British Institute of Learning Disabilities

Campion House Green Street Kidderminster DY10 1JL Telephone 01562 723010 enquiries@bild.org.uk www.bild.org.uk

Factsheet – learning disabilities
Summary  Learning disability is a label which is convenient for certain purposes, but people with learning disabilities are always people first.  Different ways of defining and classifying learning disability are used, but all are open to some interpretation.  There are few official statistics for numbers of people with a learning disability, and our knowledge is based on studies of prevalence.  The causes of learning disabilities are not fully classified, but are mainly environmental or genetic factors, or chromosomal abnormalities.  Support for people with learning disabilities has moved away from the medical model to a social model based on inclusion and integration.

Terminology The term learning disability is a label. It is convenient in discussion and for planning services. But people who carry that label wear many others, such as friend, neighbour, relative, employee, colleague, fellow citizen. A label describes one aspect of a person, but does not capture the whole person. Many people with learning disabilities prefer the term learning difficulties. This is the wording used by People First, an international advocacy organisation. In the UK, the Warnock Committee has suggested that learning difficulties should be used to refer to specific problems with

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British Institute of Learning Disabilities

Alternative expressions are also used. emotional problems. so far as we know it is not treatable. for example developmental disabilities and intellectual disabilities. Definitions The World Health Organisation defines learning disabilities as: “a state of arrested or incomplete development of mind”. Also. nor is it a physical or mental illness. It is however widely accepted that whatever terms are used they should be clear. Unlike the latter. there are problems with using IQ alone. Learning disabilities can be a useful term in that it indicates an overall impairment of intellect and function. 2 British Institute of Learning Disabilities . Measurements can vary during a person’s growth and development. There is at present no clear consensus. Internationally three criteria are regarded as requiring to be met before learning disabilities can be identified:  Intellectual impairment  Social or adaptive dysfunction  Early onset Intellectual impairment IQ is one way of classifying learning disability:  50-70 mild learning disability  35-50 moderate learning disability  20-35 severe learning disability  below 20 profound learning disability However. and language impairments. many of us have individual strengths and abilities which do not show up well in IQ tests. Learning disability is a diagnosis. but it is not a disease. inclusive.learning in children that might arise as a result of issues such as medical problems. It is important to take into account as well the degree of social functioning and adaptation. and positive.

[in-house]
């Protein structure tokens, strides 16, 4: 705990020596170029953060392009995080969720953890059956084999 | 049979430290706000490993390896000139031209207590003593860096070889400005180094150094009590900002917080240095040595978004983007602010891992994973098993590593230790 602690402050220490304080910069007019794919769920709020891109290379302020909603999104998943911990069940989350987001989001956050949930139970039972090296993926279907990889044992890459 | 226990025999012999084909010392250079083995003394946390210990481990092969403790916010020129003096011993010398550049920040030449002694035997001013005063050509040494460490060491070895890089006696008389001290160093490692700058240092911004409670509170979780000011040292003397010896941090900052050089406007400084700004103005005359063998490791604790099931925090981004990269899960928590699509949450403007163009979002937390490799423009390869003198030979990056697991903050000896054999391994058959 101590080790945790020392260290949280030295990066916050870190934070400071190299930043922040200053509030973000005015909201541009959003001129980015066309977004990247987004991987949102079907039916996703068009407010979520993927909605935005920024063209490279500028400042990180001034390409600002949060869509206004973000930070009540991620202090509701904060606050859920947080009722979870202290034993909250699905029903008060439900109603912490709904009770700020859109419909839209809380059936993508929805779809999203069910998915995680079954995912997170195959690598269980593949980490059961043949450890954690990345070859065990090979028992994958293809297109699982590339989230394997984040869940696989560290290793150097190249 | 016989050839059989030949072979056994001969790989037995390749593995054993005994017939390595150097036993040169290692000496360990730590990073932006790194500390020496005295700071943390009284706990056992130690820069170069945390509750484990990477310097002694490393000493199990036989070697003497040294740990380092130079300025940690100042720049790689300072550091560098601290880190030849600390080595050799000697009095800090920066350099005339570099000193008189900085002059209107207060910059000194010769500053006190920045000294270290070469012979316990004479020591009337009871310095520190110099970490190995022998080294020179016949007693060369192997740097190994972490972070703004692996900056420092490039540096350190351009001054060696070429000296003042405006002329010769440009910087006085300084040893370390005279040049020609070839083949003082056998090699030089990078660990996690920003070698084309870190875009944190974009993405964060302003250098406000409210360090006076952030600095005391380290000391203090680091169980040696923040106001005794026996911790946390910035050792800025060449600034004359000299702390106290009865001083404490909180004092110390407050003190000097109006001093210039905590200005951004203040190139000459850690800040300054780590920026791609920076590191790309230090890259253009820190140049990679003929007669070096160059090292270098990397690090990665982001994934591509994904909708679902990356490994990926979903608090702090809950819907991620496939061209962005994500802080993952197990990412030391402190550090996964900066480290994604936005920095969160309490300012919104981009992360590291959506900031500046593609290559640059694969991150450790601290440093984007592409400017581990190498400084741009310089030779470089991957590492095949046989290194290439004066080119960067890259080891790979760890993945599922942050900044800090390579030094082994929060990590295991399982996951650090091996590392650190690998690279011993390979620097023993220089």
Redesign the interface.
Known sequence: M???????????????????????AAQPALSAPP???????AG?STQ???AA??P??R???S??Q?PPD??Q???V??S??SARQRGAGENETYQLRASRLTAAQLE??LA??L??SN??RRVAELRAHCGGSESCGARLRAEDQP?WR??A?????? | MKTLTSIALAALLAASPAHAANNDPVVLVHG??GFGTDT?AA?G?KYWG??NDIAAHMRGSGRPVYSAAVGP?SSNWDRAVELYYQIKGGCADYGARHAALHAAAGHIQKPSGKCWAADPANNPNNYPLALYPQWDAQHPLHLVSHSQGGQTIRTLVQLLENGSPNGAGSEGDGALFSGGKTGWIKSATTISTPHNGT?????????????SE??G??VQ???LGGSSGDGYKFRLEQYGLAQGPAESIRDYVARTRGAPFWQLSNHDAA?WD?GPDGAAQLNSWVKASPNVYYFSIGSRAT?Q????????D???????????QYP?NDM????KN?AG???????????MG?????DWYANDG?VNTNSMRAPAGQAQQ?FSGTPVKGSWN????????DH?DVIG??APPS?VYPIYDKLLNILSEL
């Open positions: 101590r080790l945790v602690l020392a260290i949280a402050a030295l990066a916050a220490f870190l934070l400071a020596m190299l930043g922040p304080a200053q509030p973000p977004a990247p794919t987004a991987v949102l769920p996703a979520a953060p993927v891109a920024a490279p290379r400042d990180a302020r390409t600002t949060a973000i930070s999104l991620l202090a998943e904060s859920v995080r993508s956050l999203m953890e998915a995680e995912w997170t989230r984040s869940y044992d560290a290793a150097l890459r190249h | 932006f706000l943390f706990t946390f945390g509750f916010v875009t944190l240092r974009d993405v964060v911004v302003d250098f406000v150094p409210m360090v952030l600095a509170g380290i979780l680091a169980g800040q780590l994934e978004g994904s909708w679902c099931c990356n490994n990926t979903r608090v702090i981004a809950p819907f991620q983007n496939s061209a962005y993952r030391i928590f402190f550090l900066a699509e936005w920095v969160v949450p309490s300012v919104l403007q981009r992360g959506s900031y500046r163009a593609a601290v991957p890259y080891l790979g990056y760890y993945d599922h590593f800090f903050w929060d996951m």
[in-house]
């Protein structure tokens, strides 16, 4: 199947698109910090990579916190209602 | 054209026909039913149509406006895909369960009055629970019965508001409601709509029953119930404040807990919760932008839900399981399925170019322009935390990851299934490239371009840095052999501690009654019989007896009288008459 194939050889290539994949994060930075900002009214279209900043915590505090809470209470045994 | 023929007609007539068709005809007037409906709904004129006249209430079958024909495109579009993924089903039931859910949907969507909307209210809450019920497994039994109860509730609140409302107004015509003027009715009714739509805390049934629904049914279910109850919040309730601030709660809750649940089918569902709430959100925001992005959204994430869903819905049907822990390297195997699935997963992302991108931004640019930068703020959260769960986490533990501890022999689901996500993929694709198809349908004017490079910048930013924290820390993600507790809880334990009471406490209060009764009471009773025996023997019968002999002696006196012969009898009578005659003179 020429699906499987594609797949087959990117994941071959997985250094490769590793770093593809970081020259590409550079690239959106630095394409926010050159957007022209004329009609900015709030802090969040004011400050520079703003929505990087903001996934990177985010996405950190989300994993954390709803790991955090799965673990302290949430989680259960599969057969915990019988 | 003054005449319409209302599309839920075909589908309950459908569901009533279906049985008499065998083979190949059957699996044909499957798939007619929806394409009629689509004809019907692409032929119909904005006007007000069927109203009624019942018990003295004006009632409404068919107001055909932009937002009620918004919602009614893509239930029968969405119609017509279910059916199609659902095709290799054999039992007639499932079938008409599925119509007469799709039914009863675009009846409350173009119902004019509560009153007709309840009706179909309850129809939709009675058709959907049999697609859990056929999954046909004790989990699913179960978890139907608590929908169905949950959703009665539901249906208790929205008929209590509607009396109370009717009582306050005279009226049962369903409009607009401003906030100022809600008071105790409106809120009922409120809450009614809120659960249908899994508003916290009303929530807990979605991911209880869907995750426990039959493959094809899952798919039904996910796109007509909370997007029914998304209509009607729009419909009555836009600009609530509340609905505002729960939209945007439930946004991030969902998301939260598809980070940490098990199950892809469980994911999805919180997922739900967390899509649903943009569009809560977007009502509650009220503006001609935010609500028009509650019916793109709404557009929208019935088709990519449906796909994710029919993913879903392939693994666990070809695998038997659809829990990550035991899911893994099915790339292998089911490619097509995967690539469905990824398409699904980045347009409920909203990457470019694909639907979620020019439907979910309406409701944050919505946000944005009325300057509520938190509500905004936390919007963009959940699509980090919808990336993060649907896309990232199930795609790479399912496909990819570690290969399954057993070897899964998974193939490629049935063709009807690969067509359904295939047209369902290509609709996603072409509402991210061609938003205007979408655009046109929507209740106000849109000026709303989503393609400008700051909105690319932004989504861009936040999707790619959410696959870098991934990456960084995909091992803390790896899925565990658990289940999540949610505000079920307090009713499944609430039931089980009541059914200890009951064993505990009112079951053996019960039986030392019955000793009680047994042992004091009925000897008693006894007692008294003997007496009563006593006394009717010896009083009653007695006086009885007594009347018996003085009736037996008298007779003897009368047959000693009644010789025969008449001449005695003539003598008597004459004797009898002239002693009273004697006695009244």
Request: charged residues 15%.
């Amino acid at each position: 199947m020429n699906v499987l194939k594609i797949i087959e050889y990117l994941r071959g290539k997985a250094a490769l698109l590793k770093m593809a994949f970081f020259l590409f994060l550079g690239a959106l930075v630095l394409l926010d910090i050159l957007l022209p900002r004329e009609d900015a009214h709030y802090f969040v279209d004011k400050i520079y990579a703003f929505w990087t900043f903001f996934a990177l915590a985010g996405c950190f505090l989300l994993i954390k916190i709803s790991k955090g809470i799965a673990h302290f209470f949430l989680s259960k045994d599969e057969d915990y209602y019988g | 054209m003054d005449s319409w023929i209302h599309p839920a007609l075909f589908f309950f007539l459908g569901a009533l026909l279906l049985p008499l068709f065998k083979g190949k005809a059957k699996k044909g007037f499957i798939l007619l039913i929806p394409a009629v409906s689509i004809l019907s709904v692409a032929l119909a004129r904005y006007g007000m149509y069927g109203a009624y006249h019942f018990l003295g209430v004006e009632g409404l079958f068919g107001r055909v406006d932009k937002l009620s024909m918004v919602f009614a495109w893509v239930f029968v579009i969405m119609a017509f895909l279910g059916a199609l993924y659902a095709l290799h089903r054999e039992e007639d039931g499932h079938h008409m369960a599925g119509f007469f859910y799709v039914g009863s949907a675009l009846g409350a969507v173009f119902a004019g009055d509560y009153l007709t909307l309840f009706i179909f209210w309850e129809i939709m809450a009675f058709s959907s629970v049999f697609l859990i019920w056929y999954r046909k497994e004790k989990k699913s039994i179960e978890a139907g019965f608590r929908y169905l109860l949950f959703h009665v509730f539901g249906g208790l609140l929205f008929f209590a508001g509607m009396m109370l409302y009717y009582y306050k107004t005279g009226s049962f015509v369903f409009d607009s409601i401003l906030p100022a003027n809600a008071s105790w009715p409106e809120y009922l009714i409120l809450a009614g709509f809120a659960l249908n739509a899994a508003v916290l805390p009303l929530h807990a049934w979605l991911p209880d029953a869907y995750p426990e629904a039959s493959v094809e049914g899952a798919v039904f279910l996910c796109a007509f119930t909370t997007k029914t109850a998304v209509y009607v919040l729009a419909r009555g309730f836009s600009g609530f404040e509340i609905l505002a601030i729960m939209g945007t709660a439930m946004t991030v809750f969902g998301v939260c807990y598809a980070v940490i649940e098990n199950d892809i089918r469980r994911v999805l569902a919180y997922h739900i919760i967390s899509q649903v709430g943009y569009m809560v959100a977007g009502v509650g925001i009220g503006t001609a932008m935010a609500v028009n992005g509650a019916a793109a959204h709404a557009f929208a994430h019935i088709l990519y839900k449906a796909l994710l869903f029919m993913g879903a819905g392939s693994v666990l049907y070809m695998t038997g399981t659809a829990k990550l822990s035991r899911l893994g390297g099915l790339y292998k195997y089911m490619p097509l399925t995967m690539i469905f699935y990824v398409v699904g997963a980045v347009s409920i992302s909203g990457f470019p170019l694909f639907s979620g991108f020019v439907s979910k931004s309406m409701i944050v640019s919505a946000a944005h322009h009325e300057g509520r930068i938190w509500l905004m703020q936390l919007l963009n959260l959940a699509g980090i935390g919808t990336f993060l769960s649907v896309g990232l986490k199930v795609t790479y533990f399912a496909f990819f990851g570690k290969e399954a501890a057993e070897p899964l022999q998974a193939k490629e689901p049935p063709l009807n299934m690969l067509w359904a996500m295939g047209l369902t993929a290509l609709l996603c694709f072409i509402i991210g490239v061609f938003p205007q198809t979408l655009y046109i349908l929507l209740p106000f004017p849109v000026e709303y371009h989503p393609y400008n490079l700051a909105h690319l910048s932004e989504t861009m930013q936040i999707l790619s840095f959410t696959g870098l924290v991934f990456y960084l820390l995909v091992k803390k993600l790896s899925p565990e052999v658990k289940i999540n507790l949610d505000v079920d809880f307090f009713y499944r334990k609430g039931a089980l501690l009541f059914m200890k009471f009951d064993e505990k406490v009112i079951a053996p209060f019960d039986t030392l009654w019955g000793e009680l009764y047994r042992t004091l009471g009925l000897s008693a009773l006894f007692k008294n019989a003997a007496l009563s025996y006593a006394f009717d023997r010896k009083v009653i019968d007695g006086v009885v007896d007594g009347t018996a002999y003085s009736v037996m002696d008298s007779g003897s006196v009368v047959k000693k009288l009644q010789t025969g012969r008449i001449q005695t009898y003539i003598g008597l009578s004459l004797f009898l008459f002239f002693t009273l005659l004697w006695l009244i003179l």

culture and religion. the criminal justice system. Classifications All levels of learning disability are points on a spectrum. and in keeping warm and safe.Social or adaptive dysfunction Measuring the degree of impairment of social functioning can be difficult. including personal and family circumstances. such as communication and social abilities. Other definitions Within mental health legislation. Clearly some social impairments may be life threatening for the person. People with moderate to profound learning disabilities need a good deal more care and support. and given the chance can manage well with lower level but appropriate support. for example poor skills in eating and drinking. a higher degree of 3 British Institute of Learning Disabilities . age. Others. It is important to recognise that these exist for specific legal purposes. or between people with mild learning disabilities and the general population. This frequently includes special help with communication. Most can communicate using spoken language. and in relation to social security benefits. Also relevant are the extent of difficulties with understanding. or dementia. They are present from childhood. adult disease or illness. not acquired later as a result of an accident. too. This means that someone who fits the definition for one piece of legislation may not be covered by another. Assessments of functioning should take into account the context within which the person is living. learning and remembering new things. gender. Some individuals with mild learning disabilities may even not be diagnosed because they function and adapt well socially. and in generalising any learning to new situations. have reasonable skills. other terms and criteria may be used. Early onset The third criterion is that these impairments can be identified in the developmental period of life. and there are no clear dividing lines between them. may be important to the individual's functioning in modern society.